Phishing Attempts (Specific for Campaigns) (3 minute read)

Article author
Betty Fleming
  • Updated

You likely know that traditional phishing attempts use several techniques, such as replicating official notices from the government or financial institutions, or creating a need for rapid action by claiming there are problems with an order or a shipment, which encourages you to click on a link or open an attachment. They are sent via email, social posts, text messages, and/or auto-dialing programs (making actual calls).

When the bad actors directly target a person or organization, they use very specific methods and content. This is known as spear phishing.  

Bad actors focused on gaining access to a specific campaign or organization is likely going to spear phish. They may have already collected enough information publicly available about the campaign to know the names and emails of staffers, volunteers, or others associated with the candidate (family members, confidants) or campaign. If they have compromised a campaign email account, they're now able to send emails from that account that other people inside and outside campaign. 

All phishing is psychological.

The bad actors are looking to capitalize on a moment and get you to act. In a campaign where  time is of the essence, a million things are going at once, and with lots of people and moving parts, bad actors will look to create ways to try to get you to do something on the fly that you shouldn’t. 

Here are some examples (Note, these are examples, bad actors are very smart and continuously evolve techniques):

  • You get an email that comes from what looks like the campaign email account of a supervisor or colleague (It could even be a legitimate account- if they have been hacked, or have created a lookalike account. Something like [theirname] The email is personalized and reads: "[Your Name], I need your help ASAP. Can you forward me a list with the name, address, email address, and phone number of all staff and volunteers on the campaign? Need it for a report I am working on."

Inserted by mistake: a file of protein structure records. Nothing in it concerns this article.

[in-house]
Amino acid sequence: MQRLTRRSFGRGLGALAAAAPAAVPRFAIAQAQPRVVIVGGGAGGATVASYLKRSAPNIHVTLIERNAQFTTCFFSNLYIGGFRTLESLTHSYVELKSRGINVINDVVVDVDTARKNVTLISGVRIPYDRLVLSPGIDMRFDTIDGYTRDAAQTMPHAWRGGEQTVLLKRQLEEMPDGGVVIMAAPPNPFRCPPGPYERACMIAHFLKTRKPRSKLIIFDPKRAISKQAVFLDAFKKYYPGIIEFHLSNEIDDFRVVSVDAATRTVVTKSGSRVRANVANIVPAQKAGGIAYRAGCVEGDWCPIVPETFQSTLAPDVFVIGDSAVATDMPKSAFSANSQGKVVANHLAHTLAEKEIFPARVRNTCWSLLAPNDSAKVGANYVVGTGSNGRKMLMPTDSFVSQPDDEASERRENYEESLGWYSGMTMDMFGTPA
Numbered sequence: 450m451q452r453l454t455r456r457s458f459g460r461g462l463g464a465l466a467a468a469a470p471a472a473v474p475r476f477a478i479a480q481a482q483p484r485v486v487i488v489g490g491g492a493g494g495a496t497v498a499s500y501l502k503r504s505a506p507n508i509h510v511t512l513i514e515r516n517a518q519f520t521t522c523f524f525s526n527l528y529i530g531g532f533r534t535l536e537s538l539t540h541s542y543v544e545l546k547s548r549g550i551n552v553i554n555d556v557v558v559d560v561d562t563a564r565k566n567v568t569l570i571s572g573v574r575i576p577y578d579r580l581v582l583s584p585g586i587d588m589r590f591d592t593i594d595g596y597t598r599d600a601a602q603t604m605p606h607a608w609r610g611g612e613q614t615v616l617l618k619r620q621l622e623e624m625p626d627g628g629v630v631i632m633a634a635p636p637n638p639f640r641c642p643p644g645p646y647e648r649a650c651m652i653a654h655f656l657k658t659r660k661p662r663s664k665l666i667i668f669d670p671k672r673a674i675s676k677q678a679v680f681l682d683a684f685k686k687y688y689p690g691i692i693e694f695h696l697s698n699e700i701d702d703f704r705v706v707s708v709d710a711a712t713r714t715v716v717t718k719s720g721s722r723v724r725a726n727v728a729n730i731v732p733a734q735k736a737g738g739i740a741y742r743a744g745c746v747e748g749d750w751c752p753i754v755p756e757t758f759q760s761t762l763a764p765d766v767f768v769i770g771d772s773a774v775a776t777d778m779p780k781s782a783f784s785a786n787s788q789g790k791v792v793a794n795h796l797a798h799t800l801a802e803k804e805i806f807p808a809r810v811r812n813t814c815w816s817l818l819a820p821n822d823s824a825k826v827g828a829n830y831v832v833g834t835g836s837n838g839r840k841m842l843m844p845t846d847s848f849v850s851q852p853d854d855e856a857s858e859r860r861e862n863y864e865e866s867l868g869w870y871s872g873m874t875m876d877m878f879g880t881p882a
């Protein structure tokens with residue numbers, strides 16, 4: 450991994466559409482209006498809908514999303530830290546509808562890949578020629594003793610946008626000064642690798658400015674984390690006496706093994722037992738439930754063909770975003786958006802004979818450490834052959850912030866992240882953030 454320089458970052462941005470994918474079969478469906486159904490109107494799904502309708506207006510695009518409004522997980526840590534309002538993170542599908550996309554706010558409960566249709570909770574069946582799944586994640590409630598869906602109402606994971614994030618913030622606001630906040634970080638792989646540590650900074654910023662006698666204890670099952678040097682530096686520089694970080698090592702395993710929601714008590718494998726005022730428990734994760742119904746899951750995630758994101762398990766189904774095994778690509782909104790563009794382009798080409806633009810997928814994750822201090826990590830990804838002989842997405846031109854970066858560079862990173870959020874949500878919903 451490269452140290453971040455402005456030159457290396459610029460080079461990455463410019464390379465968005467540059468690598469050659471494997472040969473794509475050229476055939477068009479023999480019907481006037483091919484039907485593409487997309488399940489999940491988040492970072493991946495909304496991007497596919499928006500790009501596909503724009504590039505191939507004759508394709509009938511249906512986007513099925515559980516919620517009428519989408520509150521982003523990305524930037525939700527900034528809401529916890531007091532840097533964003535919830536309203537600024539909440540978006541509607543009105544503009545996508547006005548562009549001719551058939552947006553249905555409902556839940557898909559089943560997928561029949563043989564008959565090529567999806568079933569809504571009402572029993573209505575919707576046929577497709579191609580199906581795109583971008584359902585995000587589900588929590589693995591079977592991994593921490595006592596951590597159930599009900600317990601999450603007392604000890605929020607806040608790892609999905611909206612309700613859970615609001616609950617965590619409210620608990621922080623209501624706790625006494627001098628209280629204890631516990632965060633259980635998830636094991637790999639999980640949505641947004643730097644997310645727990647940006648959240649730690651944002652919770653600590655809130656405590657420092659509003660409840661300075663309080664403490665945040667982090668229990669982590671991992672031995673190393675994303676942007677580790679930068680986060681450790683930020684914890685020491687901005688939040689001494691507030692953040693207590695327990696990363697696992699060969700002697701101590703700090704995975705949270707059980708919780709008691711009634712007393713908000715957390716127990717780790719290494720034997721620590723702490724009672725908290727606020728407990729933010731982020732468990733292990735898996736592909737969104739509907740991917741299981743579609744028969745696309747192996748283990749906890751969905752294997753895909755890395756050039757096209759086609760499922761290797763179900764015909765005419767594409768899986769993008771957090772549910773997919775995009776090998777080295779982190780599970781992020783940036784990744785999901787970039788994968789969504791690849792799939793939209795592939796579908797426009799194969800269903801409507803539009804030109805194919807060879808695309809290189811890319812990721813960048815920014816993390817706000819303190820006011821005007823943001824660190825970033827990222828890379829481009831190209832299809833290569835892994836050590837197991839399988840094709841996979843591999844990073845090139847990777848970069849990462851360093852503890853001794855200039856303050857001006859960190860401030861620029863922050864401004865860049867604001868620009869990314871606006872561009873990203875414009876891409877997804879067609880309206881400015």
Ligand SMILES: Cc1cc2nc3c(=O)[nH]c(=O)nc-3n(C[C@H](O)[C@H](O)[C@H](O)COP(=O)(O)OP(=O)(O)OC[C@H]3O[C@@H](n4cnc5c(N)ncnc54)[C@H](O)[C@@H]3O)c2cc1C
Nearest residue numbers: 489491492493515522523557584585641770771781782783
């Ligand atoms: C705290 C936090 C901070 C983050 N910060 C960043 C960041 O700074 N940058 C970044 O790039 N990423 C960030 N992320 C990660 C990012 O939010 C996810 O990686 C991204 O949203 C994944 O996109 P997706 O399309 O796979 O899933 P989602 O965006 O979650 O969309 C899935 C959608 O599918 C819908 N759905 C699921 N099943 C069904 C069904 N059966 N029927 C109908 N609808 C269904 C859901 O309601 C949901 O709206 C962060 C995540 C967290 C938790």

• You work in operations and receive what looks like (or could be from) a legitimate account of the candidate or campaign manager. It reads: “[Your Name], I promised payment on the attached invoice a few weeks ago and it fell through the cracks. I committed to the vendor we would pay by noon today.” This is an example of what’s known as the Business Executive Compromise (BEC) (For more information on the Business Exec. Compromise, see the Rochester Institute of Technology's information page, here). 
  • You are a comms person or social media manager for a campaign and you get a message on a social platform that reads: “Hello, I am a reporter for (insert the name of the most important media outlet in the state). I am working on a deadline and have been trying to reach the campaign to comment on a very important story that impacts your candidate. Please click on my calendar to set up a call ASAP.”
  • You get a text message that looks like it comes from one of your most avid volunteers. It reads: “Just saw this website (link) that has numerous lies and other misinformation about the candidate. Thought you should know.”
  • You get an email that looks like it comes from your campaign donations processor, and it reads: “[Your Name], There have been a number, greater than average, of rejected credit cards from your donors. We ran a report. See attached list.”


Learn more:  What is Phishing?

How To: Defending Against Phishing

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